Topic: Military history/Spanish military history

You are looking at all articles with the topic "Military history/Spanish military history". We found 2 matches.

Hint: To view all topics, click here. Too see the most popular topics, click here instead.

🔗 WWII: Failed novelist becomes a spy for Germany, makes up a fake spy network

🔗 Biography 🔗 Espionage 🔗 Military history 🔗 Military history/Military biography 🔗 Biography/military biography 🔗 Military history/Intelligence 🔗 United Kingdom 🔗 Military history/World War II 🔗 Military history/German military history 🔗 Military history/Spanish military history 🔗 Spain 🔗 Military history/European military history 🔗 Military history/British military history

Juan Pujol García (Spanish: [ˈxwan puˈʝol ɣaɾˈθi.a]; 14 February 1912 – 10 October 1988), also known as Joan Pujol i García (Catalan: [ʒuˈan puˈʒɔl i ɣəɾˈsi.ə]), was a Spanish spy who acted as a double agent loyal to Great Britain against Nazi Germany during World War II, when he relocated to Britain to carry out fictitious spying activities for the Germans. He was given the codename Garbo by the British; their German counterparts codenamed him Alaric and referred to his non-existent spy network as "Arabal".

After developing a loathing of political extremism of all sorts during the Spanish Civil War, Pujol decided to become a spy for Britain as a way to do something "for the good of humanity". Pujol and his wife contacted the British Embassy in Madrid, which rejected his offer.

Undeterred, he created a false identity as a fanatically pro-Nazi Spanish government official and successfully became a German agent. He was instructed to travel to Britain and recruit additional agents; instead he moved to Lisbon and created bogus reports about Britain from a variety of public sources, including a tourist guide to Britain, train timetables, cinema newsreels and magazine advertisements.

Although the information would not have withstood close examination, Pujol soon established himself as a trustworthy agent. He began inventing fictitious sub-agents who could be blamed for false information and mistakes. The Allies finally accepted Pujol when the Germans expended considerable resources attempting to hunt down a fictitious convoy. Following interviews by Desmond Bristow of Section V MI6 Iberian Section, Juan Pujol was taken on. The family were moved to Britain and Pujol was given the code name "Garbo". Pujol and his handler Tomás Harris spent the rest of the war expanding the fictitious network, communicating to the German handlers at first by letters and later by radio. Eventually the Germans were funding a network of 27 agents, all fictitious.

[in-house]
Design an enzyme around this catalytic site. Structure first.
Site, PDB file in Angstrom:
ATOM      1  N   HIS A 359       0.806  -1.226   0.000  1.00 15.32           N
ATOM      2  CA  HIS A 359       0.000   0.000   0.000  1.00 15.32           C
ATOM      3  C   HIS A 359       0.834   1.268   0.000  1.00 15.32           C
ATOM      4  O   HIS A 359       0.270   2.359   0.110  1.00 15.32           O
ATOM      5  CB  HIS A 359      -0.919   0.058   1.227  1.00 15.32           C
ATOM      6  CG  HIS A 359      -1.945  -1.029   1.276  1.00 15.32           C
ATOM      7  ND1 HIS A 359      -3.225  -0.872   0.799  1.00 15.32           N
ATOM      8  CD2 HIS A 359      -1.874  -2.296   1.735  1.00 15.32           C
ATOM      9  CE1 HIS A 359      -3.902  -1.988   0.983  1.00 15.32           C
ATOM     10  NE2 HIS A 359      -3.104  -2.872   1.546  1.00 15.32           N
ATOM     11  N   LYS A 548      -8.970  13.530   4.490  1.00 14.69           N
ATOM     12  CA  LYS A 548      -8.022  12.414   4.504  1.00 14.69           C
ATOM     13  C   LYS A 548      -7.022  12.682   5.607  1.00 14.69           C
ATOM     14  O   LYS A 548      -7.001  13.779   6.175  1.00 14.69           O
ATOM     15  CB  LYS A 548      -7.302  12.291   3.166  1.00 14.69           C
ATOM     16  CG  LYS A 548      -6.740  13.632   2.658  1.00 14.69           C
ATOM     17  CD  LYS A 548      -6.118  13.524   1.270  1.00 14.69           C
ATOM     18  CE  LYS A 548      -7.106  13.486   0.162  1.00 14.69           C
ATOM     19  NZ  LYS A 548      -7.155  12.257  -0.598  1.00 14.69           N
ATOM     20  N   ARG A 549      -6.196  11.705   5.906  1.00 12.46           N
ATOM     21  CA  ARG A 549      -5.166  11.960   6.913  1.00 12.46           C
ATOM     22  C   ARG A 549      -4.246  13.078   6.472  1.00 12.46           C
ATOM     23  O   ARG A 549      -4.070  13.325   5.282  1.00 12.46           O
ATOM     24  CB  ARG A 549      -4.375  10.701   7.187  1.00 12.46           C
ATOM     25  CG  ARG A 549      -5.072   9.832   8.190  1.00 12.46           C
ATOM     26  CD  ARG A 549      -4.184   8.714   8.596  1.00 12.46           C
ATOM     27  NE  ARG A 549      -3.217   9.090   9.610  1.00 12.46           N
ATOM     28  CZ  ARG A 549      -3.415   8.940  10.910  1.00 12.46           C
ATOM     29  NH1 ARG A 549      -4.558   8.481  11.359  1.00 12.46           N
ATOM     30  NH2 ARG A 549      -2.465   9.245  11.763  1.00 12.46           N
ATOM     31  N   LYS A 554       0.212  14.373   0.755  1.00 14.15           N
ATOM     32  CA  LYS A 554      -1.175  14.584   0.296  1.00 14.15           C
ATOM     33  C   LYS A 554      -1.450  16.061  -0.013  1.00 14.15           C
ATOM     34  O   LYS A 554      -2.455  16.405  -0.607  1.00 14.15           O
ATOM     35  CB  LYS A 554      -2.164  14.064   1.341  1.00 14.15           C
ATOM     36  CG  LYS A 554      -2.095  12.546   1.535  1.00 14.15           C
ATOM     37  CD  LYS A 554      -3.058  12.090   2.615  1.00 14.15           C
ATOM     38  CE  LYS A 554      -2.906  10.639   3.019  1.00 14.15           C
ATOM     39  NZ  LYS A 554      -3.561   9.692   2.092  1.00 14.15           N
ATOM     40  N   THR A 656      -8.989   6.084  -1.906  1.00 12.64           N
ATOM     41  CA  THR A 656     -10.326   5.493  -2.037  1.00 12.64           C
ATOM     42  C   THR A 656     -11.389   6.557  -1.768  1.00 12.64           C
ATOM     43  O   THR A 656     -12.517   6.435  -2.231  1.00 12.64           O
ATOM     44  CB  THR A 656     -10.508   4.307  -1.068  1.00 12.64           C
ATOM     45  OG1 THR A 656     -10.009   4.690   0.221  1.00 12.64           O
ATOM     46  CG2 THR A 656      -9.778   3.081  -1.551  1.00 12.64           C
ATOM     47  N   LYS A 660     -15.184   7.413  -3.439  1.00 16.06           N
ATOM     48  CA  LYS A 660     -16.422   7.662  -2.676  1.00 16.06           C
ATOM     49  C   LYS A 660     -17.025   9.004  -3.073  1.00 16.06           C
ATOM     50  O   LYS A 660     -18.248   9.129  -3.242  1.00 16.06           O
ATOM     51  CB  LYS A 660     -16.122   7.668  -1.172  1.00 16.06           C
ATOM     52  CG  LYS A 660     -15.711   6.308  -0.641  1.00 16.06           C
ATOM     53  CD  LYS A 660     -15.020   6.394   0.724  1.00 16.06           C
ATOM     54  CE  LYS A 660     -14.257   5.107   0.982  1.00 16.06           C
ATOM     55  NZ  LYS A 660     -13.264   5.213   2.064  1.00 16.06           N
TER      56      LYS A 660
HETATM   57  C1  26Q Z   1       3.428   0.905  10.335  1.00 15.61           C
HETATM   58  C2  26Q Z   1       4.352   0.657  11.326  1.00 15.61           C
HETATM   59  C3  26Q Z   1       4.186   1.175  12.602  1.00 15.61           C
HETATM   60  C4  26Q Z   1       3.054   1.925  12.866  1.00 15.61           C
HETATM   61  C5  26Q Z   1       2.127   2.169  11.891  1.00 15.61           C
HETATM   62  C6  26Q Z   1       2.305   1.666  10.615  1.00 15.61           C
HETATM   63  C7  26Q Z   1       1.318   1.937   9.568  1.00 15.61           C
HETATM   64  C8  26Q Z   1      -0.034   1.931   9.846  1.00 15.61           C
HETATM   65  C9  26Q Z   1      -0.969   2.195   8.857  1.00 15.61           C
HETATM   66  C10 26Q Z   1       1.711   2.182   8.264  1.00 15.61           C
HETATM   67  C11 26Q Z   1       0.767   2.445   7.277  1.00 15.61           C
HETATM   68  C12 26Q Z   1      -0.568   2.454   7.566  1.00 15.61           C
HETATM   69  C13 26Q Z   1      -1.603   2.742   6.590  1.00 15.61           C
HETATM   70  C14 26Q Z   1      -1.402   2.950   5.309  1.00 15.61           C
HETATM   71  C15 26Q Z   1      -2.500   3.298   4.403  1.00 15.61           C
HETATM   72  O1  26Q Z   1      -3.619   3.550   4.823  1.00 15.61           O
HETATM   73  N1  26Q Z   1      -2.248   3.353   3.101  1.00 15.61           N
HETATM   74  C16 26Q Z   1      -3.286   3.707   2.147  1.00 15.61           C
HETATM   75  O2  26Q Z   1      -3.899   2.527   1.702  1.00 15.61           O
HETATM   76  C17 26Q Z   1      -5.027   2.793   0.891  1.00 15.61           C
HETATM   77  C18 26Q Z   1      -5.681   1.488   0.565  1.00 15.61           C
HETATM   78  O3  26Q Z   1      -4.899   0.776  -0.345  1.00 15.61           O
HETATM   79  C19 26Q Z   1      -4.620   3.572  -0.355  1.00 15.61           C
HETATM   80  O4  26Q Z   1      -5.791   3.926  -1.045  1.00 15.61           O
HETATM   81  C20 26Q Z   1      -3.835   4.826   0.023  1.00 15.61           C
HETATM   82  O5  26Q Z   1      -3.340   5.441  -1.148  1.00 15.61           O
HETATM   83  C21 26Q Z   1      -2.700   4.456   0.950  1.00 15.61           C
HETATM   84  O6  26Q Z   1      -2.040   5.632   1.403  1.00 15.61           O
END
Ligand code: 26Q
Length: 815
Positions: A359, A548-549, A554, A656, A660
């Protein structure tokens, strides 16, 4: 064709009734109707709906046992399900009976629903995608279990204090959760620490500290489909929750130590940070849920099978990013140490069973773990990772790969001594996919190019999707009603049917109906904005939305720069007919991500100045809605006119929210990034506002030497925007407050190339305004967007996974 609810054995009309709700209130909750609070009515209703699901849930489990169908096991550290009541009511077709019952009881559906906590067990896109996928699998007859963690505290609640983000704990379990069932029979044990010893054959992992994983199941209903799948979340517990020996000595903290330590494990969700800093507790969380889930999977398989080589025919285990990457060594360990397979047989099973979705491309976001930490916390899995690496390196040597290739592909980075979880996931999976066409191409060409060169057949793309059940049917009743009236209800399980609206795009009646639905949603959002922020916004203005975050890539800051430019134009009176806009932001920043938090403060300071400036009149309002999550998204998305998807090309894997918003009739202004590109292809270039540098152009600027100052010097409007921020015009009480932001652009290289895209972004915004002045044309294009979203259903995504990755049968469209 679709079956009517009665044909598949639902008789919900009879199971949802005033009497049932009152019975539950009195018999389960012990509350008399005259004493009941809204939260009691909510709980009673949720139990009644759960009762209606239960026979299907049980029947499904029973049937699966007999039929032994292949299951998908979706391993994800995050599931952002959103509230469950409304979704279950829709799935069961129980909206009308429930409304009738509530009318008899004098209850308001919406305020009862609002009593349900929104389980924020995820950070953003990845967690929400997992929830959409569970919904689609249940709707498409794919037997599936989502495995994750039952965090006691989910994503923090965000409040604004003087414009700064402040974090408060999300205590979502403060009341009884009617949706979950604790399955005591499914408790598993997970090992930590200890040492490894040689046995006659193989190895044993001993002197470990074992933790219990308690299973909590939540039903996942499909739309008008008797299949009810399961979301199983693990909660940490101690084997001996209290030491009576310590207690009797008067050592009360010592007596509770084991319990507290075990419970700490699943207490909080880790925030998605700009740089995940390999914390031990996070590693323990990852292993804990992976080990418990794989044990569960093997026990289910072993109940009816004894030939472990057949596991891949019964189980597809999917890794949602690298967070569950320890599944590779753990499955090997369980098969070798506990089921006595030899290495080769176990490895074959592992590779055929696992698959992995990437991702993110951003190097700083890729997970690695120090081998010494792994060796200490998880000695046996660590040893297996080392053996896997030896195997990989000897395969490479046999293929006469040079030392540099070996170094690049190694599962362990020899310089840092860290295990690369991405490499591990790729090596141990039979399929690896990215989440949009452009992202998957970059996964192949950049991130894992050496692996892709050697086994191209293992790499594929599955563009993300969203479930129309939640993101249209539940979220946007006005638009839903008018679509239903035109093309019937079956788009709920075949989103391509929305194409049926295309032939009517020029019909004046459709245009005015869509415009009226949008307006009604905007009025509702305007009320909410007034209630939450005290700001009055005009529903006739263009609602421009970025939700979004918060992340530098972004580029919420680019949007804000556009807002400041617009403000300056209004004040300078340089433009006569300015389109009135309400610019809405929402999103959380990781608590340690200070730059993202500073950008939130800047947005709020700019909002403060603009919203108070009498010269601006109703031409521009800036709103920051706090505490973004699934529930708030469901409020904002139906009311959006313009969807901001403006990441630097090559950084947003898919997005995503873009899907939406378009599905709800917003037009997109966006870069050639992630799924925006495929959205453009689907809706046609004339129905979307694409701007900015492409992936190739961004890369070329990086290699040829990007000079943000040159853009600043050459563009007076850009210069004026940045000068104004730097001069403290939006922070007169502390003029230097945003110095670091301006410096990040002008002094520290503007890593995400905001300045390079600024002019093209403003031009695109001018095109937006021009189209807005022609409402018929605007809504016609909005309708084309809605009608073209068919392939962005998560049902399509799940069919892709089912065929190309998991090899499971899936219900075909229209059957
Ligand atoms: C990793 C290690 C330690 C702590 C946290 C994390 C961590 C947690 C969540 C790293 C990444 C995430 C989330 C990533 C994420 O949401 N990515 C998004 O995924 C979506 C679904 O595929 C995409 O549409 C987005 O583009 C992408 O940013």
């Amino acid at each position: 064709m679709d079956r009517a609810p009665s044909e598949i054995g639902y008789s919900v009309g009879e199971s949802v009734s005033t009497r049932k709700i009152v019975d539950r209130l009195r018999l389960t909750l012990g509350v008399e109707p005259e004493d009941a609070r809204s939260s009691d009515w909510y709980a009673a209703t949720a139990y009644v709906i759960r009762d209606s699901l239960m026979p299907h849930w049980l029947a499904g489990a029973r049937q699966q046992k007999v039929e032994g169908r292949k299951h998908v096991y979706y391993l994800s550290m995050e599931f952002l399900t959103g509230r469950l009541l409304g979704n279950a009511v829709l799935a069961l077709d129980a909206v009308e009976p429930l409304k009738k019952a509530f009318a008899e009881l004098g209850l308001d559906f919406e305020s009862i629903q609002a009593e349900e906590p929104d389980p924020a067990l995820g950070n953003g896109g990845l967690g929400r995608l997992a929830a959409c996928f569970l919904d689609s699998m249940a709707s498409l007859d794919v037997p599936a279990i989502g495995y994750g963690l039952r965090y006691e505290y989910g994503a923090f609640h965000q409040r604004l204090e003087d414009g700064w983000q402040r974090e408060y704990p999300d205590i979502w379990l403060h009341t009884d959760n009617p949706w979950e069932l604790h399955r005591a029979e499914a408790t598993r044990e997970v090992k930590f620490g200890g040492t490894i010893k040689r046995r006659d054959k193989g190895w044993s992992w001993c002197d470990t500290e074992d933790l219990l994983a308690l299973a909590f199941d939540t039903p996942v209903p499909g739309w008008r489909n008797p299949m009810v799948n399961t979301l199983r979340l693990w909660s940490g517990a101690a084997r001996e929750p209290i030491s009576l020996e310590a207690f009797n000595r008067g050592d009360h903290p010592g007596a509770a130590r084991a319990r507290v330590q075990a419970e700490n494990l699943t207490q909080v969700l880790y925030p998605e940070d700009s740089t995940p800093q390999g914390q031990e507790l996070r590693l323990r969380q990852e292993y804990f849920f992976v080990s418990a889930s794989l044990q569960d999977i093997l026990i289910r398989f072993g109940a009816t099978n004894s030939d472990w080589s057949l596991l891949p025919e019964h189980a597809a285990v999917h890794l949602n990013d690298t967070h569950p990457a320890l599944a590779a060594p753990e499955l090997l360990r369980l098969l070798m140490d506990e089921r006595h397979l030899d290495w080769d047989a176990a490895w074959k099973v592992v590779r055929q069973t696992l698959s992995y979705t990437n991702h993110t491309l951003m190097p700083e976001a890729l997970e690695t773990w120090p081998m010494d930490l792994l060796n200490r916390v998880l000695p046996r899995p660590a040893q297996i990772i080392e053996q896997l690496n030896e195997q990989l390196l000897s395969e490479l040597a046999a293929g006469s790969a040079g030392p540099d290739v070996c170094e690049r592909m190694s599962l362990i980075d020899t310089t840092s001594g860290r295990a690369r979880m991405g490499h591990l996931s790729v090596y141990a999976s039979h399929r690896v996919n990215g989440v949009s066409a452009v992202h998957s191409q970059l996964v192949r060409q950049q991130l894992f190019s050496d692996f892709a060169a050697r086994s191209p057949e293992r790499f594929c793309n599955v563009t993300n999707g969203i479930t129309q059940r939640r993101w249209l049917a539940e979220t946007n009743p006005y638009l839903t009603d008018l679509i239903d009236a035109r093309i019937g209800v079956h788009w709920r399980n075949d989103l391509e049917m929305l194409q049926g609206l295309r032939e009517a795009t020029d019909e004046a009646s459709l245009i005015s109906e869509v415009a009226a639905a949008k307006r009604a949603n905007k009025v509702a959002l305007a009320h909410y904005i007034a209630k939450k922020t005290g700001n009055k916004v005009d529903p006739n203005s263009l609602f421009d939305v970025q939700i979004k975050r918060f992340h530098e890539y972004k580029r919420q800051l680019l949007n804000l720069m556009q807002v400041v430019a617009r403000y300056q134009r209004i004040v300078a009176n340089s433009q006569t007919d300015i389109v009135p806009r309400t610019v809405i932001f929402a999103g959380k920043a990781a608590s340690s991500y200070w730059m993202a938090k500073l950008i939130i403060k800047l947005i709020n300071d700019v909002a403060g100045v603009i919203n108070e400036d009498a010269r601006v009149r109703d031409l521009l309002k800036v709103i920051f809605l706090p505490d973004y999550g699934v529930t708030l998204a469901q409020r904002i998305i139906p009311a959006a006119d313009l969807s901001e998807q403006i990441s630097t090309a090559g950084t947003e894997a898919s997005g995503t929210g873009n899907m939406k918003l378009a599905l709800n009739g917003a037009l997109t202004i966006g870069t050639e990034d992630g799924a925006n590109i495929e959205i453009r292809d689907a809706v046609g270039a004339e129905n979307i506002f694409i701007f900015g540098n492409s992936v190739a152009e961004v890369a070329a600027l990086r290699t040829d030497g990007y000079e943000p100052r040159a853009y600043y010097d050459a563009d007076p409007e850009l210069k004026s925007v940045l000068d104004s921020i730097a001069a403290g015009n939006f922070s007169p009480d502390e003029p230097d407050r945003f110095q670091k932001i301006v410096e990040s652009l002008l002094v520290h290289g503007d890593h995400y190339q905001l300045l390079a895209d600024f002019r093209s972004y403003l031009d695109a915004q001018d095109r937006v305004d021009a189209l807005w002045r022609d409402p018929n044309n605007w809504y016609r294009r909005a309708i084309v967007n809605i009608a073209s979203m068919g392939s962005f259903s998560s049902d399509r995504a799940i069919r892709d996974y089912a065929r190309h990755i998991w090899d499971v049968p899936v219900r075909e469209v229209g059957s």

Pujol had a key role in the success of Operation Fortitude, the deception operation intended to mislead the Germans about the timing, location and scale of the invasion of Normandy in 1944. The false information Pujol supplied helped persuade the Germans that the main attack would be in the Pas de Calais, so that they kept large forces there before and even after the invasion. Pujol had the distinction of receiving military decorations from both sides of the war – being awarded the Iron Cross and becoming a Member of the Order of the British Empire.

🔗 Destreza

🔗 Military history 🔗 Military history/Medieval warfare 🔗 Martial arts 🔗 Military history/Spanish military history 🔗 Spain 🔗 Military history/European military history 🔗 Fencing

La Verdadera Destreza is the conventional term for the Spanish tradition of fencing of the early modern period. The word destreza literally translates to 'dexterity' or 'skill, ability', and thus la verdadera destreza to 'the true skill' or 'the true art'.

While destreza is primarily a system of swordsmanship, it is intended to be a universal method of fighting, applicable to all weapons in principle, but in practice dedicated to the rapier specifically, or the rapier combined with a defensive weapon such as a cloak, a buckler or a parrying dagger, besides other weapons such as the late-renaissance two-handed montante; the flail; and polearms such as the pike and halberd.

Its precepts are based on reason, geometry, and tied to intellectual, philosophical, and moral ideals, incorporating various aspects of a well-rounded Renaissance humanist education, with a special focus on the writings of classical authors such as Aristotle, Euclid, and Plato.

The tradition is documented in scores of fencing manuals, but centers on the works of two primary authors, Jerónimo Sánchez de Carranza (Hieronimo de Carança, died c. 1608) and his student Luis Pacheco de Narváez (1570–1640).

Discussed on